Lucy Denyer: 'The couple trying to bring up their child as gender neutral are fighting the wrong battle'
Almost every parent I know frets, at some point, about the extent to which they are 'gendering' their child. Little flutters of anxiety about dressing a male child in blue and a female in pink, or giving boys trains to play with and girls dolls.
We roll our eyes at aisles in department stores that differentiate their aisle offerings between the two, and grit our teeth about the fact that you can now buy a globe for a girl where the sea is coloured pink.
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That said, I know plenty of small boys who will spend hours happily playing with a toy kitchen, and little girls who refuse to wear pink and spend their lives in practical dungarees.
Mostly, I think, the fact we worry about this stuff is a good thing: we're wary of socialising our children in this way, and act to mitigate against it as much as we can.
I have some sympathy, therefore, with Hobbit Humphrey and Jake England-Johns, the English couple who are trying to bring up their 17-month-old child in an entirely gender neutral manner, choosing to keep its sex a secret, referring to it by the pronoun 'they' and dressing it in both girls' and boys' clothing. (And also some sympathy for the poor befuddled grandmother of said child, who has only just been let in on the secret in being allowed to change its nappy).
Nevertheless, I think they are living in fantasy land. And also - they're fighting the wrong battle.
Pink globes aside, the world has arguably never been less gendered than it is now. And by gendered, I don't mean what we buy for our children to play with or wear, but what we can expect of them, or for them. That men might choose to be nurses and women engineers. That a man might want to stay at home and raise children while his wife goes out to work. That women can vote, for goodness sake. Slowly but surely, gender equality is starting to permeate through society.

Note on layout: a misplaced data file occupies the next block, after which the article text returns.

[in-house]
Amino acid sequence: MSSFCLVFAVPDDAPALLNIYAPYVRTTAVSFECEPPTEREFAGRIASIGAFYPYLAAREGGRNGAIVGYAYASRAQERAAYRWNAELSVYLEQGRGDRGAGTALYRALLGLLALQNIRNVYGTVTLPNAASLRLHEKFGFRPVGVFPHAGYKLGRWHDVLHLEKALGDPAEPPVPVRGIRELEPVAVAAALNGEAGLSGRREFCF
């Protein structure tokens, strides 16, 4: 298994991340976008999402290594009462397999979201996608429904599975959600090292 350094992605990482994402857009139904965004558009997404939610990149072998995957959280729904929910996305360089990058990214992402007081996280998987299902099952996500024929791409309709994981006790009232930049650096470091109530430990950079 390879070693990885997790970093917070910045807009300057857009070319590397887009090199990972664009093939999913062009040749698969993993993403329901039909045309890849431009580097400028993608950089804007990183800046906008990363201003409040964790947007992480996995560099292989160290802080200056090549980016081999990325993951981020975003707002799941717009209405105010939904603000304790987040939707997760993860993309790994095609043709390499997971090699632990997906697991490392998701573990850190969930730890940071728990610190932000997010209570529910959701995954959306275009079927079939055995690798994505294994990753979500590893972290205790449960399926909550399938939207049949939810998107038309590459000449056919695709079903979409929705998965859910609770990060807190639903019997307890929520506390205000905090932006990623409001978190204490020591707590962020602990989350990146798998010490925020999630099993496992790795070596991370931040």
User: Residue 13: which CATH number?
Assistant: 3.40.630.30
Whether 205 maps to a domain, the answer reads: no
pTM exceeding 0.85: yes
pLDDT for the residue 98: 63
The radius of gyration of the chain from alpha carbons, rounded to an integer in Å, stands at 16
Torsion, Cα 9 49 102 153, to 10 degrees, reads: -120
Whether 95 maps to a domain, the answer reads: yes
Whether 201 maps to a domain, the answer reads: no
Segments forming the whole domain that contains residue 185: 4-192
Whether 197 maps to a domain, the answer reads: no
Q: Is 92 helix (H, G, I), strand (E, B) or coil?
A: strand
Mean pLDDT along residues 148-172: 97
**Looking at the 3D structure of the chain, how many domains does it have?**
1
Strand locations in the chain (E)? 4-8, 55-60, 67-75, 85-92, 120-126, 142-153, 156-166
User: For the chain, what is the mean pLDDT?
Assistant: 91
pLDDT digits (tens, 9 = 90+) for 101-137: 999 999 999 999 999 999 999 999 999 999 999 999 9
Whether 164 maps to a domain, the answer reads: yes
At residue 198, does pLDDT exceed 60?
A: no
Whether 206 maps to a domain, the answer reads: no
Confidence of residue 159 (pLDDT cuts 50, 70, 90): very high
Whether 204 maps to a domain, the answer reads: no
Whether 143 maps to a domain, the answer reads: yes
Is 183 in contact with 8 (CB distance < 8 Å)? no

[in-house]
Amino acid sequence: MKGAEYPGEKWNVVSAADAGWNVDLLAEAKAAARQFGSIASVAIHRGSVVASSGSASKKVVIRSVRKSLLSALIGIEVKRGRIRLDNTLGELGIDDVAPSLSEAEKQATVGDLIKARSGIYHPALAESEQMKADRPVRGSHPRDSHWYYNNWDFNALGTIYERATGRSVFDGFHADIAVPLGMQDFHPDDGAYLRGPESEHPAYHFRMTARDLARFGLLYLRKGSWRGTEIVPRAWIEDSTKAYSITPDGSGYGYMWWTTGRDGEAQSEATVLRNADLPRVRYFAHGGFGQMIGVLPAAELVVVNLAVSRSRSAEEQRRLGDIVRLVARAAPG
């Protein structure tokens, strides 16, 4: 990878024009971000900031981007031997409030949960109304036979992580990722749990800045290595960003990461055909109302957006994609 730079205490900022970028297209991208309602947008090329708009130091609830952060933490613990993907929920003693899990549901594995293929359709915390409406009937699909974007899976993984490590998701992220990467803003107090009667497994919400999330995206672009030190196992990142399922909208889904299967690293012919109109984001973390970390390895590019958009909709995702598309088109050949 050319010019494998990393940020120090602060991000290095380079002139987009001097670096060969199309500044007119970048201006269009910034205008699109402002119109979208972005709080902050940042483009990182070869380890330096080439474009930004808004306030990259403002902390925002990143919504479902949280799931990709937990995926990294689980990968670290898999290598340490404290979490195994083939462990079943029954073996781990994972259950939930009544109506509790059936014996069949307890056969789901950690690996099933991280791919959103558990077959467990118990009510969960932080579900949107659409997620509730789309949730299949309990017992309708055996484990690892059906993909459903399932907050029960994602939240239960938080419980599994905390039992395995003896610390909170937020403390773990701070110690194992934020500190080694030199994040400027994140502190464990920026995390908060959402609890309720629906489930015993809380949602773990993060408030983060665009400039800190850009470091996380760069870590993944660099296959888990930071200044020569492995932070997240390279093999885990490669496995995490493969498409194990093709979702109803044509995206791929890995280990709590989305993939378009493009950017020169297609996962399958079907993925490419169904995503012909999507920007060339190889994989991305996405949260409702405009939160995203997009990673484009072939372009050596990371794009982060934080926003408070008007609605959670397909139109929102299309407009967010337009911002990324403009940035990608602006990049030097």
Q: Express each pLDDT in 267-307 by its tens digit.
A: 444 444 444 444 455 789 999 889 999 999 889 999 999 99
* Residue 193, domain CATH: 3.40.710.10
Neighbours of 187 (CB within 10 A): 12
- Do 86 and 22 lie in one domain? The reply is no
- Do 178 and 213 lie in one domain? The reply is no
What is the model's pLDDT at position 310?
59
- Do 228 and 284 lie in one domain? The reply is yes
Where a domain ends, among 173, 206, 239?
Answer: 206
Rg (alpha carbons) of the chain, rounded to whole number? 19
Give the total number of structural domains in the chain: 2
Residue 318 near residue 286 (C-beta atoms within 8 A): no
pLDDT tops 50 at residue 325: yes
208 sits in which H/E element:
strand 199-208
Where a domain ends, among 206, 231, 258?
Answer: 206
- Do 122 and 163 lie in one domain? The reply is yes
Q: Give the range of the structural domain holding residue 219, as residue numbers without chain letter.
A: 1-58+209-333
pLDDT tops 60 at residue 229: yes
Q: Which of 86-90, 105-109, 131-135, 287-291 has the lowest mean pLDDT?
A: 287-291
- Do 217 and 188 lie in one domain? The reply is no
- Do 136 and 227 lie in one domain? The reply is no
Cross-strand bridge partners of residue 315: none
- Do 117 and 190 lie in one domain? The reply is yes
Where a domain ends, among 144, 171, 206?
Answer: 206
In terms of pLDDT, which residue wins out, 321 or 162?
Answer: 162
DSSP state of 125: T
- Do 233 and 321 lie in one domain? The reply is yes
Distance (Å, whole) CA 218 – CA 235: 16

But we're not there yet.
A report earlier this year by the World Bank, which has tracked legal changes for the past decade, found that only six countries in the world have enshrined gender equality in laws affecting work - which is good news if you're a woman who wants to be on an equal footing with men and live in Belgium, Denmark, France, Latvia, Luxembourg or Sweden, but less good for everyone else.
Even in this relatively forward-thinking country, women still earn 13.9pc less than their male peers. And think of the battles yet to be won for the rights of women in countries like India, Pakistan or North Africa.
And this is what the fight should be about. Not a battle to destroy the concept of gender entirely, through pronoun use, or types of clothes (leaving aside that there's much to celebrate in identifying as either male or female), but the war on gender equality that's yet to be won.
Gender wars are a distraction - and besides, once there's a level playing field, surely worrying about gender neutrality becomes a moot point.
In a choice between a world stuffed with pink globes and one where women in some countries still don't have the vote, I'll suck up the pink globes and focus on the far larger latter problem.
And I reckon that, ultimately, this couple might want to as well.
Already they're running into problems with their little experiment - not wanting to deny their offspring "the joy of playing naked" becomes tricky when you don't want to reveal their gender.
They even acknowledge that all they want is for their child to "grow up in their own little bubble".
Don't we all. But every bubble has to burst. And when it does, hopefully all parents will realise there are other issues far more worth fighting for.